So I lift my eyes and remember that this moment in time is, in fact, just a moment. I confess my worry and control and self-focused ways and thank him for using both the troubles and the joys to bring peace. And I choose to place my gaze on the unexpected blessings that only a slowed-down, messed up routine can offer.
“May the God of hope fill you with all joy and peace as you trust in him, so that you may overflow with hope by the power of the Holy Spirit.” Romans 15:13
Our oldest son is just the nicest kid – he is smart and friendly, witty and creative. He’s responsible and caring (and as sloppy as they come, but I try to overlook that part). He’s a leader in his class and has lots of friends. And he has a bully who’s been bugging him all year.
It’s admittedly not the worse bully case of all – but it is hurtful all the same. We’ve talked about it and offered suggestions for the past few months, but last Friday, my 10 year old came home with teary-eyes because this mean boy just won’t leave him alone. We talked it through and have a few positive next steps, so we’ll get the issue taken care of, I’m sure. As much as I want to step in and protect my baby, I know situations like this will build his character, teach him compassion, show him what it means to pray for his enemies. He will be better because of moments like these.
But I can’t stop thinking about this one thing, this one reality that I’ve known was there all along, but it hasn’t been an in-your-face part of my children’s’ lives until now:
the world will try over and over to tell them who they are
Sometimes it will be good, like when they win an award or score a goal or get promoted. Their friends/teammates/colleagues will offer praise and give respect and it will feel great. They will feel confident and proud and think they are pretty awesome.
Other times, it will be terrible. When they don’t get chosen or are left out or made fun of or passed over for the promotion and their friends/teammates/colleagues will laugh or ignore or say hurtful things and it will sting. Over and over and over, these inadequacies, negative comments, hurtful words will work their way into their hearts and soon enough, they will begin to believe them.
I don’t like this. Either one, really – feeling awesome because of what we’ve done or feeling awful because of what we haven’t. We base our identity on our successes or failures and that just leaves us scrambling, striving, doing all we can to be good and avoid mistakes and try desperately to prove our value to the world.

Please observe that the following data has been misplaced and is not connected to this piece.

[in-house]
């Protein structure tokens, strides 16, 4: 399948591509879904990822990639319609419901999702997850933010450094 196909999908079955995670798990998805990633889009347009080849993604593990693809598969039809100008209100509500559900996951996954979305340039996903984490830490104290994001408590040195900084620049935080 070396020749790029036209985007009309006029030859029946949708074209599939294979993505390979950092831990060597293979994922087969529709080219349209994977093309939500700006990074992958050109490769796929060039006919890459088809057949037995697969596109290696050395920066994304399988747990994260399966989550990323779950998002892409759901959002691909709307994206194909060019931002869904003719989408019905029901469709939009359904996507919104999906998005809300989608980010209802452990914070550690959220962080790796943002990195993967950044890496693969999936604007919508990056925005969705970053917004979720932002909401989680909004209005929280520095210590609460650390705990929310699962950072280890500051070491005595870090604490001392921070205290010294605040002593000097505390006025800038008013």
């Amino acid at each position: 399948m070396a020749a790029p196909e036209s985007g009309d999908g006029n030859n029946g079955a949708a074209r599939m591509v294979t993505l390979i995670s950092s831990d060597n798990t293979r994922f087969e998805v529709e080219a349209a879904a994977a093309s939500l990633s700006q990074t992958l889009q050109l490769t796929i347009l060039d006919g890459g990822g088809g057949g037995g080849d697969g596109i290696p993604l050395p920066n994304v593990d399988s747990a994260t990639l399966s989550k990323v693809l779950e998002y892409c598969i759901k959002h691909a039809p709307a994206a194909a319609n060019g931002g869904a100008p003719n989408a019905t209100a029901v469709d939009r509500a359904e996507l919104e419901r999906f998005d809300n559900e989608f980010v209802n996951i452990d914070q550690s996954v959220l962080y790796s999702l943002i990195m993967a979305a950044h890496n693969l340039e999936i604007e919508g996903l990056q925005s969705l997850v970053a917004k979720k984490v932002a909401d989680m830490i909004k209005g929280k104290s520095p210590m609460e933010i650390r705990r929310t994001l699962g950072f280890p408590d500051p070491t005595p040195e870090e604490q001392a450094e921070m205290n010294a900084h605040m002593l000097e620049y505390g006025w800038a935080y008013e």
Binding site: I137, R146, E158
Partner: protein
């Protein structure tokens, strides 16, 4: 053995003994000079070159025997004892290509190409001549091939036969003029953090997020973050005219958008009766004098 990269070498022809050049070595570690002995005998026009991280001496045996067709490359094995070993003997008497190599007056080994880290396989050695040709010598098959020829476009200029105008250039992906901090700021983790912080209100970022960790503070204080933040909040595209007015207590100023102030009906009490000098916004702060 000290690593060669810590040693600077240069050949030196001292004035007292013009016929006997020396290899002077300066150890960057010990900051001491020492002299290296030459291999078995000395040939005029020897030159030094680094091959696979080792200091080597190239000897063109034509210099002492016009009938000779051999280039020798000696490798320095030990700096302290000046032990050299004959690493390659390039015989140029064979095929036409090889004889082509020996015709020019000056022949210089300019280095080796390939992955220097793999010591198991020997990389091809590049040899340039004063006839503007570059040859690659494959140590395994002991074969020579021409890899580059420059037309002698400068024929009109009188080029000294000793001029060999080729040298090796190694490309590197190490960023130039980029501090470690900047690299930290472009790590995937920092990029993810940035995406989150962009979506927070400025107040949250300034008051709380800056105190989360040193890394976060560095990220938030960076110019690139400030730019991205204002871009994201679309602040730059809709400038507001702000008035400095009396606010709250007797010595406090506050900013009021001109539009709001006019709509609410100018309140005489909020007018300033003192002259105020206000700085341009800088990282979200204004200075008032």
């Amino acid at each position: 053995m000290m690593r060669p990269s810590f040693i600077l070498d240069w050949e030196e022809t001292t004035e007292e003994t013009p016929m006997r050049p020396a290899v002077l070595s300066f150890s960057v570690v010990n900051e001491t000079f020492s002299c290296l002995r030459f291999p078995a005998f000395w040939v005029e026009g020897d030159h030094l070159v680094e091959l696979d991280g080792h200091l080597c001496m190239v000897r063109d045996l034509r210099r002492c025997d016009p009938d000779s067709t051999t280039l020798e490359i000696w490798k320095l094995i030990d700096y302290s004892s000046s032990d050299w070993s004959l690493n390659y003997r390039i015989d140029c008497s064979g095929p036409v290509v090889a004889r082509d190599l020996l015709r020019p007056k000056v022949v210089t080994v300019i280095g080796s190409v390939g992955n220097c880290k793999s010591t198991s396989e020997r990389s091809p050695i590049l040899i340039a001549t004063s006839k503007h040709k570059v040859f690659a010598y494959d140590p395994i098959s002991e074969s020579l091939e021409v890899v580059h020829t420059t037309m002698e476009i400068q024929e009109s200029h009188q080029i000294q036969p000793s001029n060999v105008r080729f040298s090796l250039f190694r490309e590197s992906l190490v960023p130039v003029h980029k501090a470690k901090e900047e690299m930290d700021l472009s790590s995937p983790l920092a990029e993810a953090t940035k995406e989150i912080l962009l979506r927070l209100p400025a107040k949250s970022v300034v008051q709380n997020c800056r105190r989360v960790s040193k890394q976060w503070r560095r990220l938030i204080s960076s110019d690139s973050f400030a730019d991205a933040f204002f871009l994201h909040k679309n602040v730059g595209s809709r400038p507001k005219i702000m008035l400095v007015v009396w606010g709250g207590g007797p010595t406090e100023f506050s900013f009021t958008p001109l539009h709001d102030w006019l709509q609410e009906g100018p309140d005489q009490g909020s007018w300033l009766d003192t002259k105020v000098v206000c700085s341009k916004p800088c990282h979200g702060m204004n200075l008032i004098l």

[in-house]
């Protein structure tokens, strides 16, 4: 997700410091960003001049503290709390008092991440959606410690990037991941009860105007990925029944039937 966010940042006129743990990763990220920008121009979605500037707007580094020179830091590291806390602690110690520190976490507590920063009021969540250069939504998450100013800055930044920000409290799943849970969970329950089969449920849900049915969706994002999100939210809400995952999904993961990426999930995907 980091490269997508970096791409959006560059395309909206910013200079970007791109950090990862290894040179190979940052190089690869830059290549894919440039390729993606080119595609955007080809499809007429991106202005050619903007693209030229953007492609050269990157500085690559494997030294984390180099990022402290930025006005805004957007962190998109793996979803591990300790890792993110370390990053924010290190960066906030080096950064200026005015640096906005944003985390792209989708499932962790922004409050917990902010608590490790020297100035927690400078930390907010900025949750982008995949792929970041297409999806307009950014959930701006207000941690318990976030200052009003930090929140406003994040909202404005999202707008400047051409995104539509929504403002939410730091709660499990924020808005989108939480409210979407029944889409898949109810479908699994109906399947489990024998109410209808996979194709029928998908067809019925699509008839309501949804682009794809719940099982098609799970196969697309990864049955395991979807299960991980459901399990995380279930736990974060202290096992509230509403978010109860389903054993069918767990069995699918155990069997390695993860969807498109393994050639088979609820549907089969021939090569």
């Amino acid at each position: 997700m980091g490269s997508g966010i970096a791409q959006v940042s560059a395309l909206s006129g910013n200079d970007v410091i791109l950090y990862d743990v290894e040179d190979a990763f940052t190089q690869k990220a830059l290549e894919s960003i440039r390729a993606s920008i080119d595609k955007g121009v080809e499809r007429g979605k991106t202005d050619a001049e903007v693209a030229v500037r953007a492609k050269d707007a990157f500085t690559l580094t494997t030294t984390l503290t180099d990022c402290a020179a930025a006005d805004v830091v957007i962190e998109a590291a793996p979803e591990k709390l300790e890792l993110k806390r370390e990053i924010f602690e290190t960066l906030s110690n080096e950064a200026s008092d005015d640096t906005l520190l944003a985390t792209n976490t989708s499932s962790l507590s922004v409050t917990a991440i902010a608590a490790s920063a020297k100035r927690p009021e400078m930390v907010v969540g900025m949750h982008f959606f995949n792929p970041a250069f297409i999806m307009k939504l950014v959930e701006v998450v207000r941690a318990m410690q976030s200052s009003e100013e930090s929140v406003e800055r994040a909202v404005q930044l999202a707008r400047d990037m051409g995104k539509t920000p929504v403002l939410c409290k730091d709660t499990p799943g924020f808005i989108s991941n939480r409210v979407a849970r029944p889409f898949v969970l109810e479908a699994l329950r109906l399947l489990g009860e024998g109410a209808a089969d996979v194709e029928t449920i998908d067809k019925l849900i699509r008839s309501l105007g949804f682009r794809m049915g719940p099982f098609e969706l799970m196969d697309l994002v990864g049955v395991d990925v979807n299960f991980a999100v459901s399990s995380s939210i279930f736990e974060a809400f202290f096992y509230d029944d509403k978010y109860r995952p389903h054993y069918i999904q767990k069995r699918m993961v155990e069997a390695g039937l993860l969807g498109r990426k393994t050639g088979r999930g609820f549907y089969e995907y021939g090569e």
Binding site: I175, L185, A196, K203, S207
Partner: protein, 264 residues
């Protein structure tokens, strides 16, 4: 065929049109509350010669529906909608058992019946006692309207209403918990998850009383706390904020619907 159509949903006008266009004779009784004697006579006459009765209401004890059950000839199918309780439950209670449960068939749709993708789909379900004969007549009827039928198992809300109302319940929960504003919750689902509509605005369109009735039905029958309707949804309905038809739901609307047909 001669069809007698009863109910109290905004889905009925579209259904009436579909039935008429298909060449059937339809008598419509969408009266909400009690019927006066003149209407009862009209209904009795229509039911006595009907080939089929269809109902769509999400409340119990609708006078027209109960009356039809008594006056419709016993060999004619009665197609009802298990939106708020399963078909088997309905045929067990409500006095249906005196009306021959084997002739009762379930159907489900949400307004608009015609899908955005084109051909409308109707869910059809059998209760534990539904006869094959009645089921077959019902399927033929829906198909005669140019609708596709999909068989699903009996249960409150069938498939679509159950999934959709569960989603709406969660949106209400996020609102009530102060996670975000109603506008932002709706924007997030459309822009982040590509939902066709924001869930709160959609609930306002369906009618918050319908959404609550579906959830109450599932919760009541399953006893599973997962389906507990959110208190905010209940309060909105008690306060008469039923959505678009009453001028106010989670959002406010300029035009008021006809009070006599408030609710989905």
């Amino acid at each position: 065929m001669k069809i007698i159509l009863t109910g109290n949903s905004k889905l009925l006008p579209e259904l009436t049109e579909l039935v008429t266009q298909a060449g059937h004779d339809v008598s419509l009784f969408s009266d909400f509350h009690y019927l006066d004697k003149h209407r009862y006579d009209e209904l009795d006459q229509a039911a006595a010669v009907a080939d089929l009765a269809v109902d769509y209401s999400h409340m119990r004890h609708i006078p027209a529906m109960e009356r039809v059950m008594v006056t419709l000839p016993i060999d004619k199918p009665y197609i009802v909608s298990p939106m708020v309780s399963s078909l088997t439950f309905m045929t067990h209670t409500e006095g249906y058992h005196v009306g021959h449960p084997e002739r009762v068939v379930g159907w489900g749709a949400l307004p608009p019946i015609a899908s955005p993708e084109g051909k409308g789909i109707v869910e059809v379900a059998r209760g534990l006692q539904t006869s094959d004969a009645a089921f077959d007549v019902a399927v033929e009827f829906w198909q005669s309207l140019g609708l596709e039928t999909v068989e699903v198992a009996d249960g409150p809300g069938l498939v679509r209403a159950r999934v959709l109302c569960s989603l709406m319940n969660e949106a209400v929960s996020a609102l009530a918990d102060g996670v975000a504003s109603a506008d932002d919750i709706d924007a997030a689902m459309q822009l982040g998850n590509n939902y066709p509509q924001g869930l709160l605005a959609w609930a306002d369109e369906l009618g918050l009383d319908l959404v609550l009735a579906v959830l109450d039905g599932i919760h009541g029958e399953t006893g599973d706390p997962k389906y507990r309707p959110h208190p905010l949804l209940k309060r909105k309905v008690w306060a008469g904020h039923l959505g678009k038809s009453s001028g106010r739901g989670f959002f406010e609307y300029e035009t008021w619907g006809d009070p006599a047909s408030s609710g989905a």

It’s so my story. Probably yours, too. Maybe all of humanity, even.
We look to the world to tell us who we are and the world doesn’t even have the right to voice its opinion in the first place.
I’m still learning the lesson. I care way, way too much about what others think of me. I always have. I’ve been reminded over and over again that basing my value on the world’s opinion of me will never satisfy, and I’m getting closer to believing it, but I still haven’t quite grasped it.
My oldest son’s bully experience has deepened my desire for our kids to have a solid understanding and confidence in who they are – in who God says they are – so that they won’t get caught up in the people-pleasing-accolade-chasing-fearful-perfectionism that so easily entangles. I want them to go through life having people either wildly approve and accept them or hurtfully make fun of and ridicule them and not waver from their belief in what Jesus thinks of them.
I want my kids to twirl, really. Not just Audrey, but the boys too (maybe it’s not the right word for them, but see the original post and the follow up and hopefully you’ll get the point). To be who God made them to be, thanking Him when they are successful, accepting His unending grace when they fail. And knowing this:
“The Lord your God is with you, He is mighty to save. He will take great delight in you; He will quiet you with His love, He will rejoice over you with singing.” Zephaniah 3:17
So many beautiful promises in one little passage.
God is with me. He saves me. He delights in me. He loves me. He rejoices over me
God is with you. He saves you. He delights in you. He loves you. He rejoices over you.
This is the verse we chose for our daughter, but I pray it for my boys as well.
So when a bully tells my son that he’s not good enough, it will hurt. It should hurt. But he will know, deep in his soul, that because of Jesus, he is enough. He is chosen and adored and that is enough.
Note: Written in 2014, but just as applicable today